Most Americans over the age of 55 remember the news from 50 years ago: President Kennedy was shot and killed in Dallas. I was sitting in Miss Martinson’s third grade classroom. She was wearing a navy blue dress with pearls. Teachers were summoned to the principal’s office and when Miss Martinson returned, she said, “Children, our president has been shot.” No one spoke and then someone wheeled in a black and white television on a big stand. We watched the news until we left for home.
My parents had the television on and watched it during dinner. My dad was in charge of the school book sale and had to return to school that night. I went with him. In the following days, I recall the somber environment at home and watching the procession of the casket and soldiers and the clip-clop sound of horses’ feet on pavement. Caroline Kennedy was near my age. I felt sad her dad was killed. I wondered what it would feel like to lose my dad. I saw my dad cry as we watched a nation mourn and grieve. My dad never cried in front of his daughters.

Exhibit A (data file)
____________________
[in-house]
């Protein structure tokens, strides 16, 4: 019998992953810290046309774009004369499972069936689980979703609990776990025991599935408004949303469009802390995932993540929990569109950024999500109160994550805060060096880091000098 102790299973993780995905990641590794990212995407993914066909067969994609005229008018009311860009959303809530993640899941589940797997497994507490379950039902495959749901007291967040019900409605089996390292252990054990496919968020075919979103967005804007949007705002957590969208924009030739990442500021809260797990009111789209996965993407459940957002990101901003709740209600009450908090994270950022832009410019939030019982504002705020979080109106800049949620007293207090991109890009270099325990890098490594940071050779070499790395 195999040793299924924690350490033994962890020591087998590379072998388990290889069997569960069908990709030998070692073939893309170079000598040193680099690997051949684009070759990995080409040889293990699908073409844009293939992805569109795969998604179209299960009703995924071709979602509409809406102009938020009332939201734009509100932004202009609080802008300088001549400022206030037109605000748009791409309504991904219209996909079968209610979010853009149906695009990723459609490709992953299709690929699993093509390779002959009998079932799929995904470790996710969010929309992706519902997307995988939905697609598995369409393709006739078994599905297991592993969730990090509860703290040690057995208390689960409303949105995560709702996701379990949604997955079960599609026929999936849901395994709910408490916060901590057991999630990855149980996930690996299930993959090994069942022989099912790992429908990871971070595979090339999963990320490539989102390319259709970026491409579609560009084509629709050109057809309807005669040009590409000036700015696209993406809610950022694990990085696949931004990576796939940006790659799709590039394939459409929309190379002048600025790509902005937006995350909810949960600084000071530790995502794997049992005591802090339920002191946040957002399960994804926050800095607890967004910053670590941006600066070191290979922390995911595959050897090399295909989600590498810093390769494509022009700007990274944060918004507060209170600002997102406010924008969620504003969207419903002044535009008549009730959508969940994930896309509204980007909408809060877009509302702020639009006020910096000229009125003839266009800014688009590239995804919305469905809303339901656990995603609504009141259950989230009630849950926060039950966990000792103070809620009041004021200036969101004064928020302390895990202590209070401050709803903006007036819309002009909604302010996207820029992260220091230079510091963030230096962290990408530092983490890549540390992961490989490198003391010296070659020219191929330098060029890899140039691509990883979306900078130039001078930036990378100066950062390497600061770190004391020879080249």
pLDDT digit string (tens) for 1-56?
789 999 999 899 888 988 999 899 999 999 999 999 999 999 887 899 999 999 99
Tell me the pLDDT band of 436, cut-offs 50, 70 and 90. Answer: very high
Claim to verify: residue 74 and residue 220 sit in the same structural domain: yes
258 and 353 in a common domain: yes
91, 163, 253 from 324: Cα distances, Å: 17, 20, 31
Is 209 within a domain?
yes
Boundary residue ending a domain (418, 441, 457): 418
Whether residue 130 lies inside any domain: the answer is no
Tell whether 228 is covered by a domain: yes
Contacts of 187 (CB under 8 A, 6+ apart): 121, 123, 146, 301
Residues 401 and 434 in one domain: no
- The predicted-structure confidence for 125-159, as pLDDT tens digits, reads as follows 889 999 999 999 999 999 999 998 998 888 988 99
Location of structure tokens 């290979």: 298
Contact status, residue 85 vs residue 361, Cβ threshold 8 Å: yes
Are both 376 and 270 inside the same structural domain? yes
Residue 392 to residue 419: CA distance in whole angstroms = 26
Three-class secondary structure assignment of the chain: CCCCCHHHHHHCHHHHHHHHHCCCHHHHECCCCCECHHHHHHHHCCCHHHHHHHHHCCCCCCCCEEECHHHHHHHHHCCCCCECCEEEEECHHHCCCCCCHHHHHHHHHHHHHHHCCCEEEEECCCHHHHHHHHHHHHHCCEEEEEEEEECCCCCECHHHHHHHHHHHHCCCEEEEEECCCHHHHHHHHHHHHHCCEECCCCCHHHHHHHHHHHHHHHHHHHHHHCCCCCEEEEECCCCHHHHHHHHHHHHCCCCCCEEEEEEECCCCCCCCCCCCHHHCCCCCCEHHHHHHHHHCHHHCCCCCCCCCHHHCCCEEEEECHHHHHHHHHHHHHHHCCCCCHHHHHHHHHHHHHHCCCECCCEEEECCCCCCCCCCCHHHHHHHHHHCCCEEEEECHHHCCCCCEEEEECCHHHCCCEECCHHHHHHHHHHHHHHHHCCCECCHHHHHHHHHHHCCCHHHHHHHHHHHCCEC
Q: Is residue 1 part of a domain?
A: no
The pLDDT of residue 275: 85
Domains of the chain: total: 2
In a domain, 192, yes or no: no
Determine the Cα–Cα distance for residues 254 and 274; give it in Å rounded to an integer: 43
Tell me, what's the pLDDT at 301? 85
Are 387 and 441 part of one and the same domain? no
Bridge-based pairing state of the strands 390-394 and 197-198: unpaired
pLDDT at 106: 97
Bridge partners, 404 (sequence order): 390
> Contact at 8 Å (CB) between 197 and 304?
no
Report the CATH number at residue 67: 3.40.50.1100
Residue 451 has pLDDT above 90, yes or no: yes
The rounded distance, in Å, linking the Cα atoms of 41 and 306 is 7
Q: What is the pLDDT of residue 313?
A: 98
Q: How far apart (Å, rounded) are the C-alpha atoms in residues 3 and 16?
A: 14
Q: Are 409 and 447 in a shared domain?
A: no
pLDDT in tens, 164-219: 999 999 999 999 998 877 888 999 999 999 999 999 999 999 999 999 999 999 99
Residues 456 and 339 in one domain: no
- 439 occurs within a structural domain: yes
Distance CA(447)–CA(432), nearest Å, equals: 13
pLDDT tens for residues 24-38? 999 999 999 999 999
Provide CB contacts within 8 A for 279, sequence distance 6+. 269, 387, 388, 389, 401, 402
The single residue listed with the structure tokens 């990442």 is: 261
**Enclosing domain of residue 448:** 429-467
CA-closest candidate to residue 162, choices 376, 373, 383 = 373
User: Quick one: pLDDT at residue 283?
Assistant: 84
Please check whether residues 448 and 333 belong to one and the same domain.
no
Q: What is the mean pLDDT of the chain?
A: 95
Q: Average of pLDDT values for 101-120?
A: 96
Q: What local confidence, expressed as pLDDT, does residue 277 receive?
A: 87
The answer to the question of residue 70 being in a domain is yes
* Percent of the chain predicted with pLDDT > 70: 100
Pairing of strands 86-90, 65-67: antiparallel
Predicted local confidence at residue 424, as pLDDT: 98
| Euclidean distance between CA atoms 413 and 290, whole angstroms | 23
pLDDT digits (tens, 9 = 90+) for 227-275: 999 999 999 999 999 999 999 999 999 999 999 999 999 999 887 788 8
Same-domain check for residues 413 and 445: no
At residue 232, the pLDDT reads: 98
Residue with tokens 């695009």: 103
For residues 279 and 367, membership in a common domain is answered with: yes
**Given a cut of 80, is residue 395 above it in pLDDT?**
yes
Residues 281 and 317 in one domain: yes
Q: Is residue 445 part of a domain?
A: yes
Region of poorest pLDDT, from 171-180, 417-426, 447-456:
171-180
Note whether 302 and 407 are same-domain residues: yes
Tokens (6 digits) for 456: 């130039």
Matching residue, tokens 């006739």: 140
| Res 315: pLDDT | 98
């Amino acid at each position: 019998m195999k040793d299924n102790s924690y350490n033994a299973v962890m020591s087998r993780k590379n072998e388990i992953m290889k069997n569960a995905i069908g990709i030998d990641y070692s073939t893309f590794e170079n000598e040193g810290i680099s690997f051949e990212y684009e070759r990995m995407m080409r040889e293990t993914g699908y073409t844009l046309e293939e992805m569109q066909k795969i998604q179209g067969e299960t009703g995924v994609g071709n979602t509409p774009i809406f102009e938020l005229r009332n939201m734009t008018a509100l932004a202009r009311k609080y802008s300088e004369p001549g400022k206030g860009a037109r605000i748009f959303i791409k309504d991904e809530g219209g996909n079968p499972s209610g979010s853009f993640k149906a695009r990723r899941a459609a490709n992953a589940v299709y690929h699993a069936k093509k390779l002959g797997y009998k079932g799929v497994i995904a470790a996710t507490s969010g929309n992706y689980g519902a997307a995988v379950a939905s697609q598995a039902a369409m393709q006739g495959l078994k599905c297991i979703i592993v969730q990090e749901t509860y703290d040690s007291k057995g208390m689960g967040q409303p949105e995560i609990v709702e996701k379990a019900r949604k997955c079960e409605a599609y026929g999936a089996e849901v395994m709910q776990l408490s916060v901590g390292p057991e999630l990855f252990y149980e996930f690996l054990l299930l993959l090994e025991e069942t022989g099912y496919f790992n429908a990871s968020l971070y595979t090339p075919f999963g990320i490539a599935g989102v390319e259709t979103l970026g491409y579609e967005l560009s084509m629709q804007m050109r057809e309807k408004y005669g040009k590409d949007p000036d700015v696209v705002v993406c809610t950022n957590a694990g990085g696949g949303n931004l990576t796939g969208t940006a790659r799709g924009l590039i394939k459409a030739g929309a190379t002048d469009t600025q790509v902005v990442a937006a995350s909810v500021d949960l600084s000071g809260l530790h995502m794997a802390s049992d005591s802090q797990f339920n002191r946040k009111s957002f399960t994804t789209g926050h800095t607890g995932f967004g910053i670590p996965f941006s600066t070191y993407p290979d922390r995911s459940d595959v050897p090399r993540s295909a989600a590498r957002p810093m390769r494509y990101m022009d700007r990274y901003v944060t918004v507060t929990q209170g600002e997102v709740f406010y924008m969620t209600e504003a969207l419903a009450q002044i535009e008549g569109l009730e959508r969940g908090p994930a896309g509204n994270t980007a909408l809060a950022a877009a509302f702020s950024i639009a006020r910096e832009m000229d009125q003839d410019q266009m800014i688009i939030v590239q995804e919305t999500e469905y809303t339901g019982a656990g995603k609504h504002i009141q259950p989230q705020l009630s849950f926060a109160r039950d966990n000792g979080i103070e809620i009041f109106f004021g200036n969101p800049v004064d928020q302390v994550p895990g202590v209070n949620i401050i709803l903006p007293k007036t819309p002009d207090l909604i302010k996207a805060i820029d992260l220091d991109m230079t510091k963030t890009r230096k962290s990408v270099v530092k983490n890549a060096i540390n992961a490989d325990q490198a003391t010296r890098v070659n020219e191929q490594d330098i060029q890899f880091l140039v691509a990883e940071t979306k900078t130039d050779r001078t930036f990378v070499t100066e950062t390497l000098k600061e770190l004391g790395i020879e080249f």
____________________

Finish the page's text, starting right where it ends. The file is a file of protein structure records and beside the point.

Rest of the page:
Someone called my Uncle Larry and said, “I hope you choke on your turkey!” My uncle’s last name was Oswald – but he lived in Duluth. I asked my dad why someone would think my uncle killed the president. “Stupidity,” he said.
The assassination of President Kennedy remains in the memories of my generation. We all know where we were, how we heard, what we felt. And 50 years later, I still have the same reaction: such deep, profound sadness for Caroline Kennedy.
Where were you?
(S-R archive photo: This undated file photo shows the Kennedy brothers, John F. Kennedy, left, Robert Kennedy, and Ted Kennedy, right, in Hyannis Port, Mass. )